But how much is a honeymoon holiday likely to cost ? Back in 1954 the price of air fares to these destinations compares dramatically to those of today’s lo-cost airlines:

Athens is £97, Lisbon is £65, Naples is £50, Palma is £40, Rome is £47 and Stockholm is £50. All are for return air flights, but when we consider that Peter, one half of the putative couple planning an overseas trip, earned a mere £800 p.a ( well over the average salary in 1954), a return flight to Athens for him and his new wife could set him back a quarter of his yearly pay. And that’s before two weeks at a hotel is paid for!

When Peter and his beloved contemplate buying a home near London prices cited range from around £3,000.These compare unfavourably with the £2,500 price tag on the largish detached house on a private estate between Bexley and Dartford that my own parents bought in the very year in which So You’re engaged appeared. Not surprisingly, this boasted a few of the household appliances items advertised in the book, including a Hoover washing machine and wringer, those uncomfortable chairs that everyone admires nowadays, and also the exact same fireplace ( I remember it well) featured on page 113. Very few of the household items that my parents subsequently furnished it with have been passed down to my two brothers and myself. But the one purchase that is still doing good service in my present home are the pair of Sanderson curtains ( of c 1959) designed by John Piper and entitled ‘Stones of Bath’, which I recently saw for sale in an art gallery at £1,000 !!

Master gastronome Andre Simon, then at the height of his fame, outdoes Ustinov for forthright views, but perhaps a newly married English couple, who doubtless believed back in 1954 that gammon with pineapple rings was the height of sophistication, badly needed lessons on appreciating good continental cuisine. Like Ustinov, Simon has a good bash at the Americans:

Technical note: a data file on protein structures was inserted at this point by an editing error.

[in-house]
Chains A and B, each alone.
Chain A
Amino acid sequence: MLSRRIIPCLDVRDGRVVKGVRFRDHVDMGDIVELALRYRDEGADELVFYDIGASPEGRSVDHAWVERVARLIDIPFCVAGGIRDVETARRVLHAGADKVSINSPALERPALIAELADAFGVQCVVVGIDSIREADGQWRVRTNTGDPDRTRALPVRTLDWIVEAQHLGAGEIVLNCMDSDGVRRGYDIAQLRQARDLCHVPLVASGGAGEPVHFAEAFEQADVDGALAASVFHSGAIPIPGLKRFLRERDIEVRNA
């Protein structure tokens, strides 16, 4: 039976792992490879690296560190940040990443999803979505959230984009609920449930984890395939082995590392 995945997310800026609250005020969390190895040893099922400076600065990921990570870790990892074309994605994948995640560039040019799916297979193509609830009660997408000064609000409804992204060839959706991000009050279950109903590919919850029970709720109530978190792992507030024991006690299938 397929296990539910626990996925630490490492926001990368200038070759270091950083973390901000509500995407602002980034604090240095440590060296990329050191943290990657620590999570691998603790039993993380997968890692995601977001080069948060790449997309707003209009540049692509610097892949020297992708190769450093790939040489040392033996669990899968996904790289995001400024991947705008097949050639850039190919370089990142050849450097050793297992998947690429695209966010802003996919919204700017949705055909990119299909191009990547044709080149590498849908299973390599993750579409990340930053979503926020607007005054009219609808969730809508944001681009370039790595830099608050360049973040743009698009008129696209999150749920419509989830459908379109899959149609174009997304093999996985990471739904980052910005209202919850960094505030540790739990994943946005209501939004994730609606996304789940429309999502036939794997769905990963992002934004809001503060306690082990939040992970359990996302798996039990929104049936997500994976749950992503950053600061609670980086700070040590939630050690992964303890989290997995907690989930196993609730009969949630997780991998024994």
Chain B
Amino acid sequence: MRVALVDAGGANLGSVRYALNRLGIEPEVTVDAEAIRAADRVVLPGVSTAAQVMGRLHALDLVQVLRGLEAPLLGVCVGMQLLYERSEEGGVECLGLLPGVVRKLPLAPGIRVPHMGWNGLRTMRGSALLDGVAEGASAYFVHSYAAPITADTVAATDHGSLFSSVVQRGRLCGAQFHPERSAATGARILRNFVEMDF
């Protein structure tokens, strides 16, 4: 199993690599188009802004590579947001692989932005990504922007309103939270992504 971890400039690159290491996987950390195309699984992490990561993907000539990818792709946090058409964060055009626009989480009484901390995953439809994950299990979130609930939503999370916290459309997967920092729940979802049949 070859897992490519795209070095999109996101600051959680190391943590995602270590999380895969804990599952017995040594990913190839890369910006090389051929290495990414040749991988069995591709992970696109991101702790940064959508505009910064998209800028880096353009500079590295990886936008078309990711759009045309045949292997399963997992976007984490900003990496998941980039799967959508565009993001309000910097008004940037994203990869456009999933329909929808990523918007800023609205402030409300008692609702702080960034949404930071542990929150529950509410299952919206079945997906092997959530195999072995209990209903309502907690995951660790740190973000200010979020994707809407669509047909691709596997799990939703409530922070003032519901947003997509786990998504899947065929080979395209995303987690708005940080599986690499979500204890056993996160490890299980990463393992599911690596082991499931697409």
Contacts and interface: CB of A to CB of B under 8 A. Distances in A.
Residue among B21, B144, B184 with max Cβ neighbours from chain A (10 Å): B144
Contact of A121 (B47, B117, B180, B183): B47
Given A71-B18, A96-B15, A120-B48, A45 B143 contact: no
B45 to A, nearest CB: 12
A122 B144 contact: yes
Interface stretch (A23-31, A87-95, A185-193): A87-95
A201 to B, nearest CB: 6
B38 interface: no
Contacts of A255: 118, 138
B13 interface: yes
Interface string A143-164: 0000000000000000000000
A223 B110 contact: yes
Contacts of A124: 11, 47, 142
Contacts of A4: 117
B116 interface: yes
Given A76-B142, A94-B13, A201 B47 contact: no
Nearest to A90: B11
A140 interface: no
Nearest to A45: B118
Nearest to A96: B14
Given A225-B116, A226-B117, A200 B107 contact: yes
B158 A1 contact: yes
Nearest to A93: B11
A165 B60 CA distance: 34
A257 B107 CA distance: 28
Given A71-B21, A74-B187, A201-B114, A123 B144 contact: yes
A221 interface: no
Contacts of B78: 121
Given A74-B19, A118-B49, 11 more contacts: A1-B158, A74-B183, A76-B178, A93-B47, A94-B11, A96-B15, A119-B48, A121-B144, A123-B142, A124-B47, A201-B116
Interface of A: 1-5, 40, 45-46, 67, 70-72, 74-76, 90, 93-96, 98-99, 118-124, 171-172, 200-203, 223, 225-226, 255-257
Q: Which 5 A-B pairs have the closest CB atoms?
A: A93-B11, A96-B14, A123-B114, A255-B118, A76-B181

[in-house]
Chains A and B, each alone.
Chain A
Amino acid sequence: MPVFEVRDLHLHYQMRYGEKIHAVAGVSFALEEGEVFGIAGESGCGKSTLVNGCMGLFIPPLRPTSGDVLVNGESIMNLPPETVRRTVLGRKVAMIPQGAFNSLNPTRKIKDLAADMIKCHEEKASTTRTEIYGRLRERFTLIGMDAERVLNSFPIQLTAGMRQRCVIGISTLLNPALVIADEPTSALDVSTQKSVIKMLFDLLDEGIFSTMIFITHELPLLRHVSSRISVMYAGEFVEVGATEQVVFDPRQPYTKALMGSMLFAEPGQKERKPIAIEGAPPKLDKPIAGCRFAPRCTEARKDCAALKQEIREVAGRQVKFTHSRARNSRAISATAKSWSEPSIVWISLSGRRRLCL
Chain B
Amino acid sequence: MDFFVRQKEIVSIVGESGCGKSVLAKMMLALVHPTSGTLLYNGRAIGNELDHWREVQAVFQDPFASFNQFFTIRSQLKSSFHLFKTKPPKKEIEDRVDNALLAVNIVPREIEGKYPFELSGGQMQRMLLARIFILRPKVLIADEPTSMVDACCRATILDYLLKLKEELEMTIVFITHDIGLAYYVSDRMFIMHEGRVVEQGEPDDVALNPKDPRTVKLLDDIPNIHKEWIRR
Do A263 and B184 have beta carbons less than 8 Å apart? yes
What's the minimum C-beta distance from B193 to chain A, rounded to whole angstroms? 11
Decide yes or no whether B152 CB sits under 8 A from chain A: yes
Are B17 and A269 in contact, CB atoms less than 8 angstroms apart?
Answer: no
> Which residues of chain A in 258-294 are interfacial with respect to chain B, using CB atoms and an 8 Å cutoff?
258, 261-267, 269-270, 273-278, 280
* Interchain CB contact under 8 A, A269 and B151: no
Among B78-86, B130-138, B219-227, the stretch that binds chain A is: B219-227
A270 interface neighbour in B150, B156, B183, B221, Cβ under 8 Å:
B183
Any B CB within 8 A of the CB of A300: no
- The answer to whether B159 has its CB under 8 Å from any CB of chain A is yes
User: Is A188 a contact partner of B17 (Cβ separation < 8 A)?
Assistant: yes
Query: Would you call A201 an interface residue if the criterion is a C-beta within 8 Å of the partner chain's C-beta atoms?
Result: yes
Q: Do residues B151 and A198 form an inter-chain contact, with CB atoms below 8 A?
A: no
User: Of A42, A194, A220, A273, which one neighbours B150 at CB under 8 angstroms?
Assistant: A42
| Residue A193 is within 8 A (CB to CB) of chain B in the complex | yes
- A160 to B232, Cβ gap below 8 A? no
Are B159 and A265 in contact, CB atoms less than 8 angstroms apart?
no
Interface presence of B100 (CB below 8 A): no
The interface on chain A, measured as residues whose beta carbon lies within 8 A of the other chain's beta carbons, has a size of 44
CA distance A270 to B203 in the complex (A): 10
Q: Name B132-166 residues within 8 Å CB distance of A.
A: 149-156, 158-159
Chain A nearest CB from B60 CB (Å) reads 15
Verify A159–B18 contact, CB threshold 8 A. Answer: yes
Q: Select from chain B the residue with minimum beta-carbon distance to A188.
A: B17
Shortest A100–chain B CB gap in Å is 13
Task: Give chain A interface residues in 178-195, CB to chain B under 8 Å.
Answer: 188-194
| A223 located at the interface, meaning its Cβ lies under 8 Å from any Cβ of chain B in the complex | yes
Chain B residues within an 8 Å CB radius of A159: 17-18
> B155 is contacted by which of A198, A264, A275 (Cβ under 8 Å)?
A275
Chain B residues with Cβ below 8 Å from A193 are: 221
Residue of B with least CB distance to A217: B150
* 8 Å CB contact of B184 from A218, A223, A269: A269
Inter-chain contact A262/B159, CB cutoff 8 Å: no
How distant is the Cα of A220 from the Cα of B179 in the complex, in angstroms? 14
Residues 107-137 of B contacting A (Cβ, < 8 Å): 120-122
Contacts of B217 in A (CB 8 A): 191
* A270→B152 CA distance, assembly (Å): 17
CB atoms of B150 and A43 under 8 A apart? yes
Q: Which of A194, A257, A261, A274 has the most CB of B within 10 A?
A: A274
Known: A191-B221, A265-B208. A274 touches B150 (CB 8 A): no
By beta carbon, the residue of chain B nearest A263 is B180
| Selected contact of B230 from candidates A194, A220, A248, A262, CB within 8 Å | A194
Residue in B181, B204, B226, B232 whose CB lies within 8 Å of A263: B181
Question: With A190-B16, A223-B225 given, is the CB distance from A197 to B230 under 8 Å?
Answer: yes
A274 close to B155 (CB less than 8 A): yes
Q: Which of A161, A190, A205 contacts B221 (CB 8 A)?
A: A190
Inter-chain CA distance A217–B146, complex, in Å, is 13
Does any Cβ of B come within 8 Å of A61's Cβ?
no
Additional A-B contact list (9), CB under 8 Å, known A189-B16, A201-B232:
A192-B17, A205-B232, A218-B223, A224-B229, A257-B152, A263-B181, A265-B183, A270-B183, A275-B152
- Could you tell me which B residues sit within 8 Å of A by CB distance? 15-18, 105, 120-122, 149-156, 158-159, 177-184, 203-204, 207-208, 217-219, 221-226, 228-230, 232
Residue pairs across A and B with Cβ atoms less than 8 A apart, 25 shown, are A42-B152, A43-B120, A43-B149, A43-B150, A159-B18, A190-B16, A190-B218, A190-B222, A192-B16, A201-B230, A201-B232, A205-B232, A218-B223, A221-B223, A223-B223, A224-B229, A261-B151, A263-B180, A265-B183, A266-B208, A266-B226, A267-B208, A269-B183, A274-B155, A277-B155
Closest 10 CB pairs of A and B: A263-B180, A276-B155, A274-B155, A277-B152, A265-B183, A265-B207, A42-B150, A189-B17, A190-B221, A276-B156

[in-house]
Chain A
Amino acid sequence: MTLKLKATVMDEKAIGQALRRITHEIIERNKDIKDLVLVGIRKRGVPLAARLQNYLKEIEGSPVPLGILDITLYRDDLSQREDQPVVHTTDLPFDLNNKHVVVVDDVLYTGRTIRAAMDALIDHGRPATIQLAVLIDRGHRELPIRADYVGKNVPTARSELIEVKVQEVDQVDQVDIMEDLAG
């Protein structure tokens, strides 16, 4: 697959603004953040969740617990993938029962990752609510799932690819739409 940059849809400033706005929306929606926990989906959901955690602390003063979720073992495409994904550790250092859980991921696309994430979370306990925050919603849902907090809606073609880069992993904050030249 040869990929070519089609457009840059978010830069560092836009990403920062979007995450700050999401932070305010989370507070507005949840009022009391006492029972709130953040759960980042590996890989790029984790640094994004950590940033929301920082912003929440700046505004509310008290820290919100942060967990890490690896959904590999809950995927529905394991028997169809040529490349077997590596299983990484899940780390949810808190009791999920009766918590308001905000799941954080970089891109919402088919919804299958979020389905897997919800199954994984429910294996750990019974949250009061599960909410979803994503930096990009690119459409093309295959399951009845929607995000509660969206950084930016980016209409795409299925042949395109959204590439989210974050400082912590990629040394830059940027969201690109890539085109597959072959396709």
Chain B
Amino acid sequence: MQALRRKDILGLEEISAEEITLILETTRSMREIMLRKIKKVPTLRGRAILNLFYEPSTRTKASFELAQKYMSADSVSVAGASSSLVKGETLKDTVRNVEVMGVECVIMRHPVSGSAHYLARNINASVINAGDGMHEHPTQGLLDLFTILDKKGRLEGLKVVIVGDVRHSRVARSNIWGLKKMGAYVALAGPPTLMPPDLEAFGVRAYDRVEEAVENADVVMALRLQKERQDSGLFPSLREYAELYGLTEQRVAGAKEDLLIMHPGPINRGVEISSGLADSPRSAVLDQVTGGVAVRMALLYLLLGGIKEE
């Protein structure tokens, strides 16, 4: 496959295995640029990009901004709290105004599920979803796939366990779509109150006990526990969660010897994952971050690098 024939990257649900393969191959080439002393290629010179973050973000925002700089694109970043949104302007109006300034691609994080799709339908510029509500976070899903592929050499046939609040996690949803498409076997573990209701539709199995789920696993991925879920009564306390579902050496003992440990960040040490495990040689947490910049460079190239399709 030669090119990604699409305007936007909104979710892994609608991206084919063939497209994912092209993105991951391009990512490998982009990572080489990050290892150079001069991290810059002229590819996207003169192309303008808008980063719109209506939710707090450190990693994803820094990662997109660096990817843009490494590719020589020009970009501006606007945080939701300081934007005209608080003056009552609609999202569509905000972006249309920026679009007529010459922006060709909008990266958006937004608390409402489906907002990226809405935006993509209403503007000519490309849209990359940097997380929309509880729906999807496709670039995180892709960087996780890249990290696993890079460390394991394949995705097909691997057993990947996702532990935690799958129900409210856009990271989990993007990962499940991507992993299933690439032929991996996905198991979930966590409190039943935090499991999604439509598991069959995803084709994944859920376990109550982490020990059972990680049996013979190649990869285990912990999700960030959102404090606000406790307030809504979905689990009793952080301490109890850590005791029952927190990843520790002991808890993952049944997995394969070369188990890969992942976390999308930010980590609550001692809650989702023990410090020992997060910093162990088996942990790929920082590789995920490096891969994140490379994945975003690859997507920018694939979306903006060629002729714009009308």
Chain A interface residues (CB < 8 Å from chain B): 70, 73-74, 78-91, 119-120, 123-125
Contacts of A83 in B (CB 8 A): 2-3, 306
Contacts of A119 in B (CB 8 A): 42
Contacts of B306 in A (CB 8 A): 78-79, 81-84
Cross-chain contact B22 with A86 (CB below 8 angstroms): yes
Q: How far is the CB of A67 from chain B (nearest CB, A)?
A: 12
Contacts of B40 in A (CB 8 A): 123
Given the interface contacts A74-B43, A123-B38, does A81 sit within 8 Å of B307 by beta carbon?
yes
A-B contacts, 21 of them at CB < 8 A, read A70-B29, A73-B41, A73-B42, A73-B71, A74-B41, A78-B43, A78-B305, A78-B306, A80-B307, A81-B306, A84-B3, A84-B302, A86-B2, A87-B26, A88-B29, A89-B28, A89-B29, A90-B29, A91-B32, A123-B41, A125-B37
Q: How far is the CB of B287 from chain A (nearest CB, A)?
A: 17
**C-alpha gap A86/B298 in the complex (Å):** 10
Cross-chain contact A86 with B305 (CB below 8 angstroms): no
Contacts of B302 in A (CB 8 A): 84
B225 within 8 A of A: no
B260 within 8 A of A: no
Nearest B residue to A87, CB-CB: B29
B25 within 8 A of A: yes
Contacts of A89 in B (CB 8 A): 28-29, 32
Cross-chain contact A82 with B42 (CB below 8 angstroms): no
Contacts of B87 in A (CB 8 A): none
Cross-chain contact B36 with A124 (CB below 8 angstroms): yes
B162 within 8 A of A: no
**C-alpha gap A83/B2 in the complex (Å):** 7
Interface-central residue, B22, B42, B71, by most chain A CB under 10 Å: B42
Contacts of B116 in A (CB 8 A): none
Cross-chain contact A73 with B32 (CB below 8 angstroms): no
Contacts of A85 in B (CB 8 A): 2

‘The typically American attitude to food may be likened not unfairly to that of the laboratories guinea-pigs. The average American citizen, whether he has too much or too little to do, cannot spare the time to think for himself: his mind is made of for him by the most enterprising practitioners in advertising there are in the world. Their technique as regards food is extremely simple and highly successful: first of all, the guinea- pigs are made to realise how wrong they are if they imagine they are fit when their bowels are slowly being choked, their livers gradually curling up, stones forming all the time in their gall bladders and every other part of their anatomy likewise deteriorating. The next step is easy: the alarmed Guinea Pigs are offered their salvation in the shape of Tom’s Vitamin Tablets, Dick’s Yeast Cubes, and Harry’s Laxative Pills. All manner of nutritionists and dietician keep up the good work in books, pamphlets, magazines and newspapers, and make sure that the great American public shall live in fear of vitamin or calories deficiencies, watching their daily intake of proteins, and calling for balanced meals at all costs…’

Plus ca change, Andre old boy! Now it’s the Internet doing all that.

The book ends with yet another gay bachelor tendering advice—this time to a newly married female friend. Godfrey Winn was as famous in 1954 as a sort of ‘agony uncle ‘ as Gilbert Harding was as a grumpy media personality, but considerably younger and less crusty. The usual difficulties of early married life are discussed —jealousies, the female and Engaged book Queen and Prince Philip photo 001male confidantes, babies…

All in all, what So You’re Engaged demonstrates above all is that although the manners and mores of society may have changed a little in sixty – three years, the basic hopes and fears of the engaged and the newly married don’t seem to have done.